To ask a question in English, you must change the word order: “He is going to Shanghai” becomes “Is he going to Shanghai?” In Chinese, you create a question more simply, by just putting “huh?” at the end of the sentence: “He go Shanghai” becomes “He go Shanghai huh?” The Chinese word for “huh?” is ma. It serves the same purpose as the Canadian “eh?” (Canadians say, “He’s going to Shanghai, eh?”)

A more emphatic Chinese way to ask a question is to say the verb twice, with “not” in between, like this: “He go, not go, Shanghai?” (The Chinese word for “not” is .)

Chinese has no word for “yes” or “no.” To reply to the question “You go Shanghai huh?” just repeat the verb: say “go” (while nodding your head) or “not go” (while shaking your head). To reply to the question “He is American huh?” just repeat the verb: say “is” (shì) or “not is,” which would be bù shì; but the Chinese don’t like to say “” before a verb having the 4th tone, so the Chinese change “” to “” in that situation and say “bú shì.” Since “bú shì” sounds like “bullshit,” American tourists think Chinese people often talk about bullshit.

When Chinese people are lazy, they don’t bother saying the verb after : they say just , which means “not” and acts as “no.”

American tourists think Chinese people are like ghosts, who always say “boo!”

Though you make the typical Chinese verb negative by putting (or ) before it, here’s a big exception: to make the verb “have” (yŏu) be negative, say méi instead of , like this: méi yŏu (which means “not have” or “haven’t”). For example, if somebody asks whether you have something (or whether you have ever done something), reply by saying “have” (yŏu) or “haven’t” (méi yŏu). Chinese people often say they “haven’t” done something; they often say méi yŏu. Since “méi yŏu” sounds like “mayo” (which is American slang for “mayonnaise”), American tourists think Chinese people often talk about mayonnaise.

Another way to indicate yes is to say “correct” (which in Chinese is duì). So Chinese often reply to questions by saying shì (“is” or “yes”), bú shì (“not is” or “no”), (“not” or “no”), yŏu (“have”), méi yŏu (“not have” or “haven’t”), and duì (“certainly”).

The Chinese say “please” (qĭng) and “thank you” (xièxie) less than Americans. If you use them too much, you’ll be laughed at for being as hopelessly formal as a British butler. Instead of saying a formal “thank you,” Chinese people prefer to be more thoughtful and emotional. When treated to a meal, a Chinese person shows appreciation by saying it was delicious (“good eat extremely,” hăo chī jíle); when done a favor, a Chinese person apologizes for having put the generous person to so much trouble (“trouble you already,” máfan nĭ le).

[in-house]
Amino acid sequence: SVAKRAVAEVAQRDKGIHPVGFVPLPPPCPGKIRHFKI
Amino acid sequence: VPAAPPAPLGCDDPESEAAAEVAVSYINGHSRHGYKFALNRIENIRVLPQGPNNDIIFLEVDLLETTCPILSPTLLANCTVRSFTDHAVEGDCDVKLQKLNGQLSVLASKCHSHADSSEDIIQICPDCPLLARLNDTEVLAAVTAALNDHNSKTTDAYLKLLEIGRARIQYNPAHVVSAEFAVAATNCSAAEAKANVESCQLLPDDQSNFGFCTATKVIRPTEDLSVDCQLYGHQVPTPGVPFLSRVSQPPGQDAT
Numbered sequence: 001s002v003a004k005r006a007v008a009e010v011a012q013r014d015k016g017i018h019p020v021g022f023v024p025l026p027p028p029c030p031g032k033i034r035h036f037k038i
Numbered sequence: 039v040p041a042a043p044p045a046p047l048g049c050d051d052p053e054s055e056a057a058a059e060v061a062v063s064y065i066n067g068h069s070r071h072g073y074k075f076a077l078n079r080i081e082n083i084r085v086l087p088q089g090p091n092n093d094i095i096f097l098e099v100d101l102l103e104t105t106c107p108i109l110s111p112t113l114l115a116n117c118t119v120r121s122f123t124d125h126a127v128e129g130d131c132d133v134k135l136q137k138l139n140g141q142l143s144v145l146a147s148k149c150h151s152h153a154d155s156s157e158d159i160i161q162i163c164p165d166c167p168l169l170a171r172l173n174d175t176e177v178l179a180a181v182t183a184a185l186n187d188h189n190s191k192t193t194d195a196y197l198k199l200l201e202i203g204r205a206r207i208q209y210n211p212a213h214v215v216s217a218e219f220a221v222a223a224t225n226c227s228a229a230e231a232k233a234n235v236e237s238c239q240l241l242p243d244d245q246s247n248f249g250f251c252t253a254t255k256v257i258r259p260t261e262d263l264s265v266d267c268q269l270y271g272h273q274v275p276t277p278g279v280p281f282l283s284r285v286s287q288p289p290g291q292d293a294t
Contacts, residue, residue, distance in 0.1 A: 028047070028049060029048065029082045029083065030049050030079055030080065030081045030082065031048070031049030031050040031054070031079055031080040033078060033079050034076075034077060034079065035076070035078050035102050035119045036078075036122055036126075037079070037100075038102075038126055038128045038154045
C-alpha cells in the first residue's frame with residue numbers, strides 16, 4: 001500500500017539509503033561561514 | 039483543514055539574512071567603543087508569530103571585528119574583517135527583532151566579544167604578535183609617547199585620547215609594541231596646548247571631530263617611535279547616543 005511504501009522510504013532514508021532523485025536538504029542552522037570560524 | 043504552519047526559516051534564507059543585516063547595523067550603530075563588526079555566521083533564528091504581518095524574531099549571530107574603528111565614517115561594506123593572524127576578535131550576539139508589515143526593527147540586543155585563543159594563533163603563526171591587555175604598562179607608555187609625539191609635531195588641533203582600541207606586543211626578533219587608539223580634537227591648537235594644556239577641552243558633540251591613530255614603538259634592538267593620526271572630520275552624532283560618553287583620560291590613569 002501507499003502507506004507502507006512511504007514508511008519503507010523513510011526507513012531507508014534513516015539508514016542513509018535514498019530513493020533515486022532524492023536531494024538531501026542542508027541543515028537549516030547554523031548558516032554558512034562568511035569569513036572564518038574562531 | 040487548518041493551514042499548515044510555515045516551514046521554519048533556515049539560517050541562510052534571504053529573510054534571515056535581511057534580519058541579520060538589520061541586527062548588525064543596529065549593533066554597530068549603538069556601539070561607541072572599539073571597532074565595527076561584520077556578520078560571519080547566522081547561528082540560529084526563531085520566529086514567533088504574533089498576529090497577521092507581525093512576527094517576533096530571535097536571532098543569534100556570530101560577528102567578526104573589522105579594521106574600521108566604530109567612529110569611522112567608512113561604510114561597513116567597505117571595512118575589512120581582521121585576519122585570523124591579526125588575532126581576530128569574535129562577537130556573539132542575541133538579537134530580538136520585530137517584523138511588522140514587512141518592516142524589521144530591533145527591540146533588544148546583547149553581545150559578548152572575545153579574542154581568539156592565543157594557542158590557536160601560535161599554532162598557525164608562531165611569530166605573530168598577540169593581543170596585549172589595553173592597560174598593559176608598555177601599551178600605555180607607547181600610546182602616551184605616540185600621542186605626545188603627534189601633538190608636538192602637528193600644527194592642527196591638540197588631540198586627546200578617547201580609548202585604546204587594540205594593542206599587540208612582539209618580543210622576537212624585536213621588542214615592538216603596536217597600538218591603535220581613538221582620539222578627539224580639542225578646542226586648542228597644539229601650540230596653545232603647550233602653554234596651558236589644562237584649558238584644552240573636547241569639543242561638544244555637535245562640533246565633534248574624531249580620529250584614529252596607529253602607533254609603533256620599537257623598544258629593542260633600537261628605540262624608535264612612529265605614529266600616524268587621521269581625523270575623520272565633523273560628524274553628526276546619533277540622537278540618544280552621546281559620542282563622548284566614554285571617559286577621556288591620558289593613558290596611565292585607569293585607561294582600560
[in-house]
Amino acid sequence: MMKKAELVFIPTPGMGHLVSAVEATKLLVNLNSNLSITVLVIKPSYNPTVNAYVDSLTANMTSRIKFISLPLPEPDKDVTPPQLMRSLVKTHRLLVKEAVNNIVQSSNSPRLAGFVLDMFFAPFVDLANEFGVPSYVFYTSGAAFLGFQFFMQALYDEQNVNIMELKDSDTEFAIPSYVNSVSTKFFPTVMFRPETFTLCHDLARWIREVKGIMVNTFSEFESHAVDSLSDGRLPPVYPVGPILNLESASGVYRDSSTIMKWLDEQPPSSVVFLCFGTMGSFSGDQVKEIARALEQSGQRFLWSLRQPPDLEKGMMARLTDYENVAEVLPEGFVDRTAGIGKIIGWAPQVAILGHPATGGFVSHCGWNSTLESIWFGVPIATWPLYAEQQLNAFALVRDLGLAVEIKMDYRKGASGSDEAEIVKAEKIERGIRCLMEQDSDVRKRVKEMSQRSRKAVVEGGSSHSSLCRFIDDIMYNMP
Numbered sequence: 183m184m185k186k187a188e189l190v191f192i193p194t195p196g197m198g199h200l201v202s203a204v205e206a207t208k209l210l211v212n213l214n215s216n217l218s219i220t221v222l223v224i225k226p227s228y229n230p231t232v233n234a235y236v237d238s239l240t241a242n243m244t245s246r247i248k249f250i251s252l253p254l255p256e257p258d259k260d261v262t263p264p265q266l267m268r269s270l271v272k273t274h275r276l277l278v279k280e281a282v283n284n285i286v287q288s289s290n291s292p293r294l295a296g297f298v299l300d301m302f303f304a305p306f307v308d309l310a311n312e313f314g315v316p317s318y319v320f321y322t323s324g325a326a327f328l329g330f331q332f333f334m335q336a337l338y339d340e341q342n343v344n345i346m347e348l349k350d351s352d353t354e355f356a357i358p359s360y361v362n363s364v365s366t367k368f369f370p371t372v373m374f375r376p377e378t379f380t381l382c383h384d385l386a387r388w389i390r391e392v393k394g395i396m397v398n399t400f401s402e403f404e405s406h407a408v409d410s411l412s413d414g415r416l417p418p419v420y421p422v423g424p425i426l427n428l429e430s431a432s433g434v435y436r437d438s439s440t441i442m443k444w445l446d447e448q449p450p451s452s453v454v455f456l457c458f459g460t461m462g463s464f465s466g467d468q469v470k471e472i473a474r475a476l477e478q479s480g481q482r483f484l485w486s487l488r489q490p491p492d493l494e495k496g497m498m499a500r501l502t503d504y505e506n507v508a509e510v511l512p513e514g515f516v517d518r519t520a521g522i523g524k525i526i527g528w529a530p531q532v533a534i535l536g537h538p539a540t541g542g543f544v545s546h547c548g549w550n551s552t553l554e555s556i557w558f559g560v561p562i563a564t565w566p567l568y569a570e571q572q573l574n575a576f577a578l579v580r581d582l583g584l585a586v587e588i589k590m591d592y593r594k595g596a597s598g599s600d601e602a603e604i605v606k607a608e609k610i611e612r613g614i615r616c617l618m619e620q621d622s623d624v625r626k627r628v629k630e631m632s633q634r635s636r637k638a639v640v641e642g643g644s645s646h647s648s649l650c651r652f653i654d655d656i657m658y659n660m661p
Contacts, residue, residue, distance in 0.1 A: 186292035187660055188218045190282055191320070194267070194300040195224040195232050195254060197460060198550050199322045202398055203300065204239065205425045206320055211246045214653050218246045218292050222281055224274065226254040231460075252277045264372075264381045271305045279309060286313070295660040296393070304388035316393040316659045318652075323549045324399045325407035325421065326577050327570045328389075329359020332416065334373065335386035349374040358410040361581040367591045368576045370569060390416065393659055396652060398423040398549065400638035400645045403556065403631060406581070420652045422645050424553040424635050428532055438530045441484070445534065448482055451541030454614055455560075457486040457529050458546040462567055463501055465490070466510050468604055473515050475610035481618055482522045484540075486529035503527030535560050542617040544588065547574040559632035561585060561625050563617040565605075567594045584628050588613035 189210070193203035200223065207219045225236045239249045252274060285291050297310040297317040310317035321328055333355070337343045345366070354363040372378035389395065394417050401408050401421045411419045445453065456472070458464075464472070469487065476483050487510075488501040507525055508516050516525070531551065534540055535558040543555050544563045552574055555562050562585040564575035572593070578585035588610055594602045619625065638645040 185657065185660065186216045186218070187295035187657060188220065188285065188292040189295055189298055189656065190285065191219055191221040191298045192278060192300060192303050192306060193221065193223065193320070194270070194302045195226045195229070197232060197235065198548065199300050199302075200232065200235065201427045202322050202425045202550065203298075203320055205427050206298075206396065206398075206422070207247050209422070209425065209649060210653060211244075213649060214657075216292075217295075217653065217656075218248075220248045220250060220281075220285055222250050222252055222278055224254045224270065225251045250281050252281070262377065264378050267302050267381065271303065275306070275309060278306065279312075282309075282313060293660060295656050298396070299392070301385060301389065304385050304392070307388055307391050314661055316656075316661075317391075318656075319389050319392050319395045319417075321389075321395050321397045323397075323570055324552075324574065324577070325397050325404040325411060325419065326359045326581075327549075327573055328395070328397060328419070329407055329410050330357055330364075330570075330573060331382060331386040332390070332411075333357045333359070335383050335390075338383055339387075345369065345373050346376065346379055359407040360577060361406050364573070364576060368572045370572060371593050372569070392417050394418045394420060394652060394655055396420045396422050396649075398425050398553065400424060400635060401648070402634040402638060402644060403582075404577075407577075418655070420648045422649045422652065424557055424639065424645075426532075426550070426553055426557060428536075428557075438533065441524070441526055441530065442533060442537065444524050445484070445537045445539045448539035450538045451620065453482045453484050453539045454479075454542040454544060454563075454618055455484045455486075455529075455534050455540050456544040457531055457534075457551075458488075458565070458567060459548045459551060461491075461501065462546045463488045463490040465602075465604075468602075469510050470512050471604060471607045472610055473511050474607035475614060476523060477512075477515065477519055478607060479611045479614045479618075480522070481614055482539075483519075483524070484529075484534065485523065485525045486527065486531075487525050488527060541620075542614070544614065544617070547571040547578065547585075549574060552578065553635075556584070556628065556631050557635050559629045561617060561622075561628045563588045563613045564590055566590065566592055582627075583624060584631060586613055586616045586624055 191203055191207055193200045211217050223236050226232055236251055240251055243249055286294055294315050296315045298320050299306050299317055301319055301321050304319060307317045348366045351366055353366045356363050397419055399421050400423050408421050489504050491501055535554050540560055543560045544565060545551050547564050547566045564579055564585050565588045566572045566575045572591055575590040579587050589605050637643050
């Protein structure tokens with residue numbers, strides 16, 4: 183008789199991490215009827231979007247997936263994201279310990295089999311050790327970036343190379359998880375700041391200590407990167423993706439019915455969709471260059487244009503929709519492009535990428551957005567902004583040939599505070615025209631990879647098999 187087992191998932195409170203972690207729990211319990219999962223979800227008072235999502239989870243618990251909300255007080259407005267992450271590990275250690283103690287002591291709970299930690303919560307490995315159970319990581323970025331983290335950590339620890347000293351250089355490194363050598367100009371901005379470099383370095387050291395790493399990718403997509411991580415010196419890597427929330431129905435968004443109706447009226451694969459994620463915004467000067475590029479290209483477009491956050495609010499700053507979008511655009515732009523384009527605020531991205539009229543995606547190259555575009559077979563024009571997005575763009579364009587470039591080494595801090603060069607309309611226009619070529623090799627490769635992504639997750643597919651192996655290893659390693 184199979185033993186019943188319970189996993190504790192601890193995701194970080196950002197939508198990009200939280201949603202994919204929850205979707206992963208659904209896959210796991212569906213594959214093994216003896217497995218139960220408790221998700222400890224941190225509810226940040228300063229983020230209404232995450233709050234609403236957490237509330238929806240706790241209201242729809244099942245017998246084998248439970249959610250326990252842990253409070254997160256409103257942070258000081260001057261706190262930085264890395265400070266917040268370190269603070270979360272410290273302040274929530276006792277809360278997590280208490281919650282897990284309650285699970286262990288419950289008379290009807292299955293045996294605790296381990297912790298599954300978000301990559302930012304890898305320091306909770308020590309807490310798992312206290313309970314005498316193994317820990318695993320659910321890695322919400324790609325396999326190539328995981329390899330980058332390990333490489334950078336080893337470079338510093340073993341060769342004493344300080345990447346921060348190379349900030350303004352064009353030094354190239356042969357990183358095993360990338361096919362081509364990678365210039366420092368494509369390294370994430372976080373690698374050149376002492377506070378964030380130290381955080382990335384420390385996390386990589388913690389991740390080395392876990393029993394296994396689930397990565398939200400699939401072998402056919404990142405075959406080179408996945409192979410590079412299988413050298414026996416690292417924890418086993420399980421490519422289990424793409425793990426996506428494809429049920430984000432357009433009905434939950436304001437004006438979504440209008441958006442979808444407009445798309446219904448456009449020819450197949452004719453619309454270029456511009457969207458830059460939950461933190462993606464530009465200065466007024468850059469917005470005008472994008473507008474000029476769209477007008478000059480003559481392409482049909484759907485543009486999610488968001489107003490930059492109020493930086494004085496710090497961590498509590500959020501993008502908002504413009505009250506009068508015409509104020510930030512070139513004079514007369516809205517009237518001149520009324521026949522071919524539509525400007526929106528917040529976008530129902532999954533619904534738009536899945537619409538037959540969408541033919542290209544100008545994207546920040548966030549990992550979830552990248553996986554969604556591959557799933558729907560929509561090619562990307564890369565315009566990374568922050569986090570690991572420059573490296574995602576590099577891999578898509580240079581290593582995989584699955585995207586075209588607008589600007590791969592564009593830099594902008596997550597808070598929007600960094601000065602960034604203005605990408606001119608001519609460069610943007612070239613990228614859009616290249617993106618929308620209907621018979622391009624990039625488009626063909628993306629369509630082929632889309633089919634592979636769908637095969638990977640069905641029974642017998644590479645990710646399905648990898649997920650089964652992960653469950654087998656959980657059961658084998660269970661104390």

Names for countries China considers itself to be the center of the universe, so it calls itself the “center country” (Zōngguó). Since the Chinese word for “person” is rén, a Chinese person is called a “center-country person” (Zōngguó rén). The Chinese language (with its written characters) is called “center writing” (Zōngwen).

To a Chinese ear, “England” sounds like Yīngguó (“flower country”), so that’s what the Chinese call England. A British person is called a Yīngguó rén (“flower-country person”); the English language is called Yīngwen (“flower writing”).

To a Chinese ear, “America” sounds like “Mayka” (if you ignore the unaccented syllables), so the Chinese call the U.S. Mĕiguó (“beautiful country”); an American person is called a Mĕiguó rén (“beautiful-country person”). To say “I am an American,” say wŏ shì Mĕiguó rén (“I is beautiful-country person”).

Vocabulary To speak Chinese well, you must learn many Chinese words. Here are the most popular words and phrases for beginners and tourists. For each phrase, I give the English, then the Chinglish (Chinese way of handling the English), then the actual Chinese pinyin:


“I” or “me”                                             I                         wŏ

“we” or “us”                                           I-group               wŏmen

“you” (one person)                                 you                     nĭ

“y’all”                                                     you-group              nĭmen

“it” or “he” or “she” or “him” or “her”   it                         tā

“they”                                                     it-group              tāmen


“good” or “okay”                                    good                   hăo

“very good”                                            very good           hĕn hăo


“hello” or “good to see you” (one person)     you good            nĭ hăo

“hello y’all” or “good to see y’all”          you-group good  nĭmen hăo

“good-bye” or “till we meet again”          again meet          zài jiàn